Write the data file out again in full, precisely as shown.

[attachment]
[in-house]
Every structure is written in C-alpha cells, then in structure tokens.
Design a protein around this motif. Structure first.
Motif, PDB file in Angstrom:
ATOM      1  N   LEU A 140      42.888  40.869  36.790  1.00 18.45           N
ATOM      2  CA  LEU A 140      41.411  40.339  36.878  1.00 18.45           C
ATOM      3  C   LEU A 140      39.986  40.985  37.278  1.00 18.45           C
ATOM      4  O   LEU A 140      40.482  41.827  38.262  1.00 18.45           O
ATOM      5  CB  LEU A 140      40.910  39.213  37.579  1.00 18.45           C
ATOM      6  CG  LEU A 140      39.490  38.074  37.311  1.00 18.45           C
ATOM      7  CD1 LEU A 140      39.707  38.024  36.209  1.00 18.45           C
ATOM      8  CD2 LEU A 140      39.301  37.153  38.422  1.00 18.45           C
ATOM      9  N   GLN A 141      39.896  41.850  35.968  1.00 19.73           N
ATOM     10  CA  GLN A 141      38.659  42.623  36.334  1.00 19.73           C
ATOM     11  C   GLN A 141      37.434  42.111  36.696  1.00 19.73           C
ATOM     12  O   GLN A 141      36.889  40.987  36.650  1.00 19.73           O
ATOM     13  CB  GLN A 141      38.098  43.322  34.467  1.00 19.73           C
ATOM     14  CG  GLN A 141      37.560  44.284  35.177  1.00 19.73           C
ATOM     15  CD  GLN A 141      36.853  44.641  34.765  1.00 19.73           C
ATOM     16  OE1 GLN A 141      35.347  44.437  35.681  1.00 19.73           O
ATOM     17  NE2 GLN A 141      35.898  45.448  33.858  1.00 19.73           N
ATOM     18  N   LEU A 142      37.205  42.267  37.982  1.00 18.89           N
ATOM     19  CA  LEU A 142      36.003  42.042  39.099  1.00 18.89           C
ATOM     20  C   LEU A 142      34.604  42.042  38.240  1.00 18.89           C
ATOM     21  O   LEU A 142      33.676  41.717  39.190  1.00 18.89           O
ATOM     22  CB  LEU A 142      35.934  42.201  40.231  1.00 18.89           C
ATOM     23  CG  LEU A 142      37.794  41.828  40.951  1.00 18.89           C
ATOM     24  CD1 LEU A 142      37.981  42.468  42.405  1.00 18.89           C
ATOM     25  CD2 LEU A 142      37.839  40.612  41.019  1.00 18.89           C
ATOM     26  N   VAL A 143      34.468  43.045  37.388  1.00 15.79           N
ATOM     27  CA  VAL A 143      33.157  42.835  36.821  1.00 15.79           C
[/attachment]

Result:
[in-house]
Every structure is written in C-alpha cells, then in structure tokens.
Design a protein around this motif. Structure first.
Motif, PDB file in Angstrom:
ATOM      1  N   LEU A 140      42.888  40.869  36.790  1.00 18.45           N
ATOM      2  CA  LEU A 140      41.411  40.339  36.878  1.00 18.45           C
ATOM      3  C   LEU A 140      39.986  40.985  37.278  1.00 18.45           C
ATOM      4  O   LEU A 140      40.482  41.827  38.262  1.00 18.45           O
ATOM      5  CB  LEU A 140      40.910  39.213  37.579  1.00 18.45           C
ATOM      6  CG  LEU A 140      39.490  38.074  37.311  1.00 18.45           C
ATOM      7  CD1 LEU A 140      39.707  38.024  36.209  1.00 18.45           C
ATOM      8  CD2 LEU A 140      39.301  37.153  38.422  1.00 18.45           C
ATOM      9  N   GLN A 141      39.896  41.850  35.968  1.00 19.73           N
ATOM     10  CA  GLN A 141      38.659  42.623  36.334  1.00 19.73           C
ATOM     11  C   GLN A 141      37.434  42.111  36.696  1.00 19.73           C
ATOM     12  O   GLN A 141      36.889  40.987  36.650  1.00 19.73           O
ATOM     13  CB  GLN A 141      38.098  43.322  34.467  1.00 19.73           C
ATOM     14  CG  GLN A 141      37.560  44.284  35.177  1.00 19.73           C
ATOM     15  CD  GLN A 141      36.853  44.641  34.765  1.00 19.73           C
ATOM     16  OE1 GLN A 141      35.347  44.437  35.681  1.00 19.73           O
ATOM     17  NE2 GLN A 141      35.898  45.448  33.858  1.00 19.73           N
ATOM     18  N   LEU A 142      37.205  42.267  37.982  1.00 18.89           N
ATOM     19  CA  LEU A 142      36.003  42.042  39.099  1.00 18.89           C
ATOM     20  C   LEU A 142      34.604  42.042  38.240  1.00 18.89           C
ATOM     21  O   LEU A 142      33.676  41.717  39.190  1.00 18.89           O
ATOM     22  CB  LEU A 142      35.934  42.201  40.231  1.00 18.89           C
ATOM     23  CG  LEU A 142      37.794  41.828  40.951  1.00 18.89           C
ATOM     24  CD1 LEU A 142      37.981  42.468  42.405  1.00 18.89           C
ATOM     25  CD2 LEU A 142      37.839  40.612  41.019  1.00 18.89           C
ATOM     26  N   VAL A 143      34.468  43.045  37.388  1.00 15.79           N
ATOM     27  CA  VAL A 143      33.157  42.835  36.821  1.00 15.79           C